NAC in the News

 

 

 

 

 

 

 

North Avenue Capital’s $7.5 Million USDA Commercial Loan Provides Strategic Refinance to Laurel Mall 

 

 

Hazleton, Pennsylvania | March 2020

North Avenue Capital (NAC), a specialized commercial lender, has announced the closing of a $7.5 million USDA Rural Development Loan to Laurel Mall Tenant, LLC.  The Borrower owns and operates Laurel Mall, a 550,000 square foot retail mall in Hazleton, PA that is occupied by a strong mix of national and local retailers, including Old Navy, TJ Maxx, Foot Locker, T-Mobile, Maurices, and more.  Laurel Mall took advantage of the opportunity to refinance its existing debt and secure funding for various tenant improvements.  With a strong financing structure in place, Laurel Mall will be welcoming new tenants including Hobby Lobby, Amazon, and Planet Fitness later this year.

 

Laurel Mall is a single-level mall located in Hazle Township, Pennsylvania, was founded in 1973, and boasts an impressive 96% occupancy rate.  The retail center provides storefront to over 60 commercial tenants, from clothing to beauty, healthcare to recreation, as well as underground parking, free Wi-Fi, a Play Zone Area for kids, and other amenities.  The mall’s management company, Lexington Realty International, has a history of nearly 35 years of experience managing commercial real estate assets, and a current portfolio of over $470 million.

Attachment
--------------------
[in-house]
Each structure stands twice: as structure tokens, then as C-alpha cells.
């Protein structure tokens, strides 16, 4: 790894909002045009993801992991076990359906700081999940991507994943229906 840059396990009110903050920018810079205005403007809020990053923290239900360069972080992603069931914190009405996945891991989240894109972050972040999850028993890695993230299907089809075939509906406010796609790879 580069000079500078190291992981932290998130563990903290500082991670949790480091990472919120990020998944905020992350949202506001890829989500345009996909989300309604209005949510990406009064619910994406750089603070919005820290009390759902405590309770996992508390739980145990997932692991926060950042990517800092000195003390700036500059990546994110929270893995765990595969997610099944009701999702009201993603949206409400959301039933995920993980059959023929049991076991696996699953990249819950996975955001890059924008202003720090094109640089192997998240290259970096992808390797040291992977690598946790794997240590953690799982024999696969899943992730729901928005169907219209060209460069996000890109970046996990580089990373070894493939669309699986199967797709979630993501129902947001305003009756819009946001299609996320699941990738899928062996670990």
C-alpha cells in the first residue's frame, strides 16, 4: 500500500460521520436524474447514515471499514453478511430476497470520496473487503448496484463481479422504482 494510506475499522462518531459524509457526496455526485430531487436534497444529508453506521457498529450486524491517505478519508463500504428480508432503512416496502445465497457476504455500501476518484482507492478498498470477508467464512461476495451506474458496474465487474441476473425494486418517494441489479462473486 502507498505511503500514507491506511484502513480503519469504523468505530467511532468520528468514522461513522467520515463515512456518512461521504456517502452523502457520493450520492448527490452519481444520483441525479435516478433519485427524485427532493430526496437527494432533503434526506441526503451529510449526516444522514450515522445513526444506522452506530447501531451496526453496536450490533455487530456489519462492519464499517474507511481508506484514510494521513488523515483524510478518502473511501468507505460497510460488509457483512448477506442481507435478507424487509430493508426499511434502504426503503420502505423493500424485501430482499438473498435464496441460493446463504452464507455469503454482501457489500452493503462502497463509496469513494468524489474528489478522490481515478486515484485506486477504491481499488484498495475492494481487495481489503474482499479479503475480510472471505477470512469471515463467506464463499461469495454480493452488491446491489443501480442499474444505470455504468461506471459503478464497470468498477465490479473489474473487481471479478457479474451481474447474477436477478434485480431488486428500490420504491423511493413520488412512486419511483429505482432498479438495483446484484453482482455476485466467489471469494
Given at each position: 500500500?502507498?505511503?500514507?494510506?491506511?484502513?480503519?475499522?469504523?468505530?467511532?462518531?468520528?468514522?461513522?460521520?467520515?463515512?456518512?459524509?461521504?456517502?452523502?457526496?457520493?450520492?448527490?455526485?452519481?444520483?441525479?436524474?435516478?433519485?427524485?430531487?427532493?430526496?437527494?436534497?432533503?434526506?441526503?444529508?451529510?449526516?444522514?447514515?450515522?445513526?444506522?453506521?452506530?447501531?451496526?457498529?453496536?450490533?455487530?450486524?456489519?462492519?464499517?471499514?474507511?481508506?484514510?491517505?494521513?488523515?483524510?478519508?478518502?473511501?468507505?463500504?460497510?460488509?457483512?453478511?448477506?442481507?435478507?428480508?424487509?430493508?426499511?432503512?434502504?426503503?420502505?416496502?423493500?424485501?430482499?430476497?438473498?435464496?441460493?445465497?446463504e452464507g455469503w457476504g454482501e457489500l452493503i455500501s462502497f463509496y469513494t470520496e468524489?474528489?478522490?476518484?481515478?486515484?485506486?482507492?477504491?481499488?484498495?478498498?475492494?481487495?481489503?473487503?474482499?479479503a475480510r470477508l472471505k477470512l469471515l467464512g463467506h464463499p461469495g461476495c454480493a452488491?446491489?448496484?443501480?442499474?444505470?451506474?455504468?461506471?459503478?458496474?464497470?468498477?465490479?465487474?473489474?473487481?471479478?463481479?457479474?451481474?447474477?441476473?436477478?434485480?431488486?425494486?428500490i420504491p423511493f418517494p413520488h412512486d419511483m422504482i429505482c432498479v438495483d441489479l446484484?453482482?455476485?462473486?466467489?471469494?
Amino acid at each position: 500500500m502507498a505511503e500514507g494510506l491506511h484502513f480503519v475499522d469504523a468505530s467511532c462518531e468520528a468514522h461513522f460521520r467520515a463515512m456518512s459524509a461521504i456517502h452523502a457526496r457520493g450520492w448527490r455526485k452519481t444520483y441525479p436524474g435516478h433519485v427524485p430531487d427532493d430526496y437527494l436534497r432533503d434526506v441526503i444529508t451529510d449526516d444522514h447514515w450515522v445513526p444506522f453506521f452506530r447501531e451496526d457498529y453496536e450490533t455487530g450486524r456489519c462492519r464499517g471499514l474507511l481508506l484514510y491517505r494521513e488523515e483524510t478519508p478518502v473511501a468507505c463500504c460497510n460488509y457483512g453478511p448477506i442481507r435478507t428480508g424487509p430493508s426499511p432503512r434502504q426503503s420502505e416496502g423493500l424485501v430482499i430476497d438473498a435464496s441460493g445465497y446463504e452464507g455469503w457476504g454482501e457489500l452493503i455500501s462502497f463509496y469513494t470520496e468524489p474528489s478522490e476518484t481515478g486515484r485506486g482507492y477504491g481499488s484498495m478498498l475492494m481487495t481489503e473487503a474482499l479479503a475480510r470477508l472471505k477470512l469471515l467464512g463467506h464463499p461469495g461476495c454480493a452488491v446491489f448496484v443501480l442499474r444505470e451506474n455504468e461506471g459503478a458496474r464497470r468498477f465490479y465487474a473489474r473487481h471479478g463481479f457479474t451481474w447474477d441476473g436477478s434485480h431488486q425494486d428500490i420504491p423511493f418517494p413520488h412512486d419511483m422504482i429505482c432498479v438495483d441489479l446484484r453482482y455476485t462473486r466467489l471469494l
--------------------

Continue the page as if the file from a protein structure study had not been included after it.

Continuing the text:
With the addition of 8 new full-time jobs, Laurel Mall plays a central role in providing direct and indirect employment for more than 150 rural Americans.  This level of economic development and job creation is the very heart of why NAC and USDA Rural Development exist.  Not only is this business helping sustain gainful employment in the region, but it is also generating meaningful sales tax revenue, which has a direct benefit to Hazleton and rural Pennsylvania.

 

According to NAC President, Eric Johnson, “Laurel Mall is a prime example of how the public-private partnership between the USDA and NAC is bringing stability to regions of the country where the tangible impact of economic growth isn’t as pronounced.  Too often, that growth stays closer to large metropolitan hubs.”